Allison N Myers-Pigg, Robert J Griffin, Patrick Louchouarn, Matthew J Norwood, Amanda Sterne, Basak Karakurt Cevik
The most conventional and abundant tracers of biomass combustion in aerosol particles include potassium and biomarkers derived from thermally altered cellulose/hemicellulose (anhydrosugars) and lignin (methoxyphenols). However, little is known of the role biomass combustion plays as a particulate source of major plant polymers to the atmosphere. Here, concentrations of solvent-extractable anhydrosugars and methoxyphenols are compared to the yields of polymeric lignin oxidation products (LOPs) during a smoke plume event in Houston, Texas...
September 6, 2016: Environmental Science & Technology
https://www.readbyqxmd.com/read/27346604/mitigating-wildfire-carbon-loss-in-managed-northern-peatlands-through-restoration
#17
Gustaf Granath, Paul A Moore, Maxwell C Lukenbach, James M Waddington
Northern peatlands can emit large amounts of carbon and harmful smoke pollution during a wildfire. Of particular concern are drained and mined peatlands, where management practices destabilize an array of ecohydrological feedbacks, moss traits and peat properties that moderate water and carbon losses in natural peatlands. Our results demonstrate that drained and mined peatlands in Canada and northern Europe can experience catastrophic deep burns (>200 t C ha(-1) emitted) under current weather conditions...
2016: Scientific Reports
https://www.readbyqxmd.com/read/27318255/differential-respiratory-health-effects-from-the-2008-northern-california-wildfires-a-spatiotemporal-approach
#18
Colleen E Reid, Michael Jerrett, Ira B Tager, Maya L Petersen, Jennifer K Mann, John R Balmes
We investigated health effects associated with fine particulate matter during a long-lived, large wildfire complex in northern California in the summer of 2008. We estimated exposure to PM2.5 for each day using an exposure prediction model created through data-adaptive machine learning methods from a large set of spatiotemporal data sets. We then used Poisson generalized estimating equations to calculate the effect of exposure to 24-hour average PM2.5 on cardiovascular and respiratory hospitalizations and ED visits...
October 2016: Environmental Research
https://www.readbyqxmd.com/read/27259511/the-association-of-wildfire-smoke-with-respiratory-and-cardiovascular-emergency-department-visits-in-colorado-in-2012-a-case-crossover-study
#19
Breanna L Alman, Gabriele Pfister, Hua Hao, Jennifer Stowell, Xuefei Hu, Yang Liu, Matthew J Strickland
BACKGROUND: In 2012, Colorado experienced one of its worst wildfire seasons of the past decade. The goal of this study was to investigate the relationship of local PM2.5 levels, modeled using the Weather Research and Forecasting Model with Chemistry, with emergency department visits and acute hospitalizations for respiratory and cardiovascular outcomes during the 2012 Colorado wildfires. METHODS: Conditional logistic regression was used to assess the relationship between both continuous and categorical PM2...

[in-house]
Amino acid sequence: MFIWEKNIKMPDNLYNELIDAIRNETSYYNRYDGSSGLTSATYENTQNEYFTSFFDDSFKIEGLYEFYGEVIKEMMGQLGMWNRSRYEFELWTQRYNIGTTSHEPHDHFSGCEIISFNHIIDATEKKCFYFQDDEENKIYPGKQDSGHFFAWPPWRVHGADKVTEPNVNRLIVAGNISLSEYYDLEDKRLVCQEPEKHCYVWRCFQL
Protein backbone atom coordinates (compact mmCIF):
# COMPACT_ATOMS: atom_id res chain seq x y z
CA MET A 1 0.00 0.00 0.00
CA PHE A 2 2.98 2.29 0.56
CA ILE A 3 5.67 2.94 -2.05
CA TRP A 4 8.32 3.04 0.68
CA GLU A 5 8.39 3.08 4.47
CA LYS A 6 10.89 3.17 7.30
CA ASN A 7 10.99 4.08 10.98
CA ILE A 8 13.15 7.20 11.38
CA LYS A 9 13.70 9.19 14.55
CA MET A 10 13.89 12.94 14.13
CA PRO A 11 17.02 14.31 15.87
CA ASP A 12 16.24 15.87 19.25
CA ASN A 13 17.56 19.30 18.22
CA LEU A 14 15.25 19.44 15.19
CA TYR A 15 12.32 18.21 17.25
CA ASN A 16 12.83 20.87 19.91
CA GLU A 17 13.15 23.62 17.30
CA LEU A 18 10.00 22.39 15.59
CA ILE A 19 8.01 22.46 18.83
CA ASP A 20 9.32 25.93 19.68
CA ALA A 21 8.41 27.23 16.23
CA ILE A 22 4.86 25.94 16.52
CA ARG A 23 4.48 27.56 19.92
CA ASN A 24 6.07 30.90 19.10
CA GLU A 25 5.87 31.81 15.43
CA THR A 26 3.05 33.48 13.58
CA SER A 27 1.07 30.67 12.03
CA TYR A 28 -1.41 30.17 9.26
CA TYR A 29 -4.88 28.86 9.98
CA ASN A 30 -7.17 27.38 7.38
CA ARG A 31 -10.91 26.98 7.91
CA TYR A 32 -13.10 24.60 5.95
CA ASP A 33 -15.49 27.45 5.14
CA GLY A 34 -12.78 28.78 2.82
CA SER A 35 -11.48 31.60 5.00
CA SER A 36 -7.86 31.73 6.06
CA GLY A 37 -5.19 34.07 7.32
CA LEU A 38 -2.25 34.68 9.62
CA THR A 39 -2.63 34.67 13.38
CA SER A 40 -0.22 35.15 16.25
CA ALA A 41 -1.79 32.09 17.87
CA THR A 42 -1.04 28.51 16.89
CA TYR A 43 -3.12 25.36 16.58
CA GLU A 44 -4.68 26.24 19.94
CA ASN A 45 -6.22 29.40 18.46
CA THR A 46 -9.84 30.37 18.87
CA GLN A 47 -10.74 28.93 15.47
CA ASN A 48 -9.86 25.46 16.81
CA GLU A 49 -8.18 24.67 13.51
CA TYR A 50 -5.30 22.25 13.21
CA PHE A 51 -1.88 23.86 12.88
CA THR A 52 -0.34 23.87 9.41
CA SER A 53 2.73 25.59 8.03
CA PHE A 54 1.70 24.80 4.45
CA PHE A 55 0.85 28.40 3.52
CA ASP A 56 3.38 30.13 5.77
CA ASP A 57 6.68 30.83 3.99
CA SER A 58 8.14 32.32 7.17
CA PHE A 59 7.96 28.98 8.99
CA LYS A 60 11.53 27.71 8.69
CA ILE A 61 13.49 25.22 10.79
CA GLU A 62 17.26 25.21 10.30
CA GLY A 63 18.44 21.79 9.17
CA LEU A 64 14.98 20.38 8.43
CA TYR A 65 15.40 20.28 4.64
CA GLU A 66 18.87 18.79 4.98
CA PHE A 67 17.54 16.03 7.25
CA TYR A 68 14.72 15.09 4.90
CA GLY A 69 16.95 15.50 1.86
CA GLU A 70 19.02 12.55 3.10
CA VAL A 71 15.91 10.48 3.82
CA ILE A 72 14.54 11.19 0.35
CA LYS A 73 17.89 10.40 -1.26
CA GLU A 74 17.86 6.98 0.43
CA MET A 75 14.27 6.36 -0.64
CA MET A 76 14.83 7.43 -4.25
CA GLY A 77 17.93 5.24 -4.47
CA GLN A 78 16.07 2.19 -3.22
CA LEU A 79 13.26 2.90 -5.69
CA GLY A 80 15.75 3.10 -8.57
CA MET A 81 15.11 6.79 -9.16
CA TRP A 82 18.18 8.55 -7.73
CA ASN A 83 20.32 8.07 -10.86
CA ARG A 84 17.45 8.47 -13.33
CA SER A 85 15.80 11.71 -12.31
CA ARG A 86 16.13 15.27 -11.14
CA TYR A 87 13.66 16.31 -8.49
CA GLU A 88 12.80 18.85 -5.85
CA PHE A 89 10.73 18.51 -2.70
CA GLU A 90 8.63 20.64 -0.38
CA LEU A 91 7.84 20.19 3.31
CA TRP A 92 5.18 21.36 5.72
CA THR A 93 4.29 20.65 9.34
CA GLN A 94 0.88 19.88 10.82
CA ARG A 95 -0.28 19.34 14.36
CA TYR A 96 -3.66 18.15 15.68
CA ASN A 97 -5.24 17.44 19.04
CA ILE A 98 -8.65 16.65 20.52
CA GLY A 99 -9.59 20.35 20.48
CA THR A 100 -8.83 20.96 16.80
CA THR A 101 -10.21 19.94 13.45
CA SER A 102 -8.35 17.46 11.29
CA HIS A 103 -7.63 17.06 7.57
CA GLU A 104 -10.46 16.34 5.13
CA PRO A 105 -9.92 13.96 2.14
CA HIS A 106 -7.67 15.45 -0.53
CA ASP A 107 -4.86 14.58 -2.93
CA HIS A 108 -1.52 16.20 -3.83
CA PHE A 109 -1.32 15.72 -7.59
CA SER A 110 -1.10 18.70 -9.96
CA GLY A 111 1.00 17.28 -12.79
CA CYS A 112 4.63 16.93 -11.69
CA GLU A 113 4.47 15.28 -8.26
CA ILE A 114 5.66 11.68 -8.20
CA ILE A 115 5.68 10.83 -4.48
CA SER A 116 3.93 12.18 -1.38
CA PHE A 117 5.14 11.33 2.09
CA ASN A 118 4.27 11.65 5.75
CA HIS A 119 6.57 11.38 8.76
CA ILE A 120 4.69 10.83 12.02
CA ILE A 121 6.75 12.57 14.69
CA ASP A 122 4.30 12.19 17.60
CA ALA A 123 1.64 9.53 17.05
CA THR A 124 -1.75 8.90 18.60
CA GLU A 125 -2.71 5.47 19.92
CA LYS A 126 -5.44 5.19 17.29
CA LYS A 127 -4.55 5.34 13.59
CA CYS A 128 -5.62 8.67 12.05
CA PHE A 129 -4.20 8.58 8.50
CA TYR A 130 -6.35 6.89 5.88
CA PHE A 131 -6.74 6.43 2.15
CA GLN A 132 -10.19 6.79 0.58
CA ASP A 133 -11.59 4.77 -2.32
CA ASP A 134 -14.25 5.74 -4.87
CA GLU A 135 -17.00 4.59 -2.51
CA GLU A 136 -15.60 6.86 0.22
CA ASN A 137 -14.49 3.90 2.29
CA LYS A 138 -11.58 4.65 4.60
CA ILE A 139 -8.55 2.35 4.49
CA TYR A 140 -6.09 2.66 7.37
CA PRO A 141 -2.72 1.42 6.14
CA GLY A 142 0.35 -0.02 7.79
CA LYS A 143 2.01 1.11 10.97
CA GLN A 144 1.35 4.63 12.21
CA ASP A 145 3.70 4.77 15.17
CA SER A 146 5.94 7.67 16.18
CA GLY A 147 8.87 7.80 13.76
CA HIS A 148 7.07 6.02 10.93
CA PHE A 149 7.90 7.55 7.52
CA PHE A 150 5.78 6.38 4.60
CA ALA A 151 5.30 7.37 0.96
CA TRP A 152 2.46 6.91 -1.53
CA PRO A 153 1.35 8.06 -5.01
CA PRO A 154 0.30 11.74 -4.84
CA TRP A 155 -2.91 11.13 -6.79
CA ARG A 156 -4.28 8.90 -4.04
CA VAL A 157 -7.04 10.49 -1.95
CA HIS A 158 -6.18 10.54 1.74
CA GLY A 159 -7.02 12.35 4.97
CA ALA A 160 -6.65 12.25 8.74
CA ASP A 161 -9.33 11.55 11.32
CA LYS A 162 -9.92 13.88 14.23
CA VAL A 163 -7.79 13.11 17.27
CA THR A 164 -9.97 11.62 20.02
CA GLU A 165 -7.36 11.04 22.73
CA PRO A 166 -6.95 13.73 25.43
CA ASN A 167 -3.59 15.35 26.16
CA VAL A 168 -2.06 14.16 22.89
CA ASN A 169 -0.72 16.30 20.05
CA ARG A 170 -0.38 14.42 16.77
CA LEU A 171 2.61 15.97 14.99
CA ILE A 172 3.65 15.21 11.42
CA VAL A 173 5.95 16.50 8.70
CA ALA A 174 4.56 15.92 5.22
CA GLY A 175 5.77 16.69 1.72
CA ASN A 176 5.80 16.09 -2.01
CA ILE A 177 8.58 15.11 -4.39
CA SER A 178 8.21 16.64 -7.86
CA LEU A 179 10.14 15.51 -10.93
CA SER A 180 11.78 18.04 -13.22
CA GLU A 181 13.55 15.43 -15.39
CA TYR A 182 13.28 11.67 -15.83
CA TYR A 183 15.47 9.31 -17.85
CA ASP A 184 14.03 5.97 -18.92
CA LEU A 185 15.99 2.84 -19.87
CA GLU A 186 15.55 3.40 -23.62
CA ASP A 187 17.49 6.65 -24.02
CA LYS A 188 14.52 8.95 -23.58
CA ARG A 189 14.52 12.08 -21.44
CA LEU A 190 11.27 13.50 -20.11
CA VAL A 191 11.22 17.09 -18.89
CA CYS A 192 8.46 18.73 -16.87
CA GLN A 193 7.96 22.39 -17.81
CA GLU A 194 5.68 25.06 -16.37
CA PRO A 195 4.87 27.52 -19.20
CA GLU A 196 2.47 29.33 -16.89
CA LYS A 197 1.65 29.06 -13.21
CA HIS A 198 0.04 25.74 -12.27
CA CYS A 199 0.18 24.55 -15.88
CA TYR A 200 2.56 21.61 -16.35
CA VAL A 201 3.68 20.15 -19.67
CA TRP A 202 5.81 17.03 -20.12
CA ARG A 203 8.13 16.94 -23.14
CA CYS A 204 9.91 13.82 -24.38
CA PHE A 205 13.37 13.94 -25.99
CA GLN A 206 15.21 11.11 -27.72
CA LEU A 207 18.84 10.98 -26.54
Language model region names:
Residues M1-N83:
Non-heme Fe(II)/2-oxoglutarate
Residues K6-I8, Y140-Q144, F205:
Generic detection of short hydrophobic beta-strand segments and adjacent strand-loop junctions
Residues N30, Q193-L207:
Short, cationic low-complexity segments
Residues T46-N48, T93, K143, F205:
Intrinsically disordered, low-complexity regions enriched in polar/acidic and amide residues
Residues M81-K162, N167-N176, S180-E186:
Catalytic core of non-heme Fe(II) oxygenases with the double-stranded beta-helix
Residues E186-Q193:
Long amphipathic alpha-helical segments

2016: Environmental Health: a Global Access Science Source
https://www.readbyqxmd.com/read/27216517/living-on-a-flammable-planet-interdisciplinary-cross-scalar-and-varied-cultural-lessons-prospects-and-challenges
#20
REVIEW
Christopher I Roos, Andrew C Scott, Claire M Belcher, William G Chaloner, Jonathan Aylen, Rebecca Bliege Bird, Michael R Coughlan, Bart R Johnson, Fay H Johnston, Julia McMorrow, Toddi Steelman
Living with fire is a challenge for human communities because they are influenced by socio-economic, political, ecological and climatic processes at various spatial and temporal scales. Over the course of 2 days, the authors discussed how communities could live with fire challenges at local, national and transnational scales. Exploiting our diverse, international and interdisciplinary expertise, we outline generalizable properties of fire-adaptive communities in varied settings where cultural knowledge of fire is rich and diverse...
June 5, 2016: Philosophical Transactions of the Royal Society of London. Series B, Biological Sciences
keyword
keyword
54905
1
2
Fetch more papers »
Fetching more papers... Fetching...
Read by QxMD. Sign in or create an account to discover new knowledge that matter to you.
Remove bar
Read by QxMD icon Read
×

Search Tips

Use Boolean operators: AND/OR

diabetic AND foot
diabetes OR diabetic

Exclude a word using the 'minus' sign

Virchow -triad

Use Parentheses

water AND (cup OR glass)

Add an asterisk (*) at end of a word to include word stems

Neuro* will search for Neurology, Neuroscientist, Neurological, and so on

Use quotes to search for an exact phrase

"primary prevention of cancer"
(heart or cardiac or cardio*) AND arrest -"American Heart Association"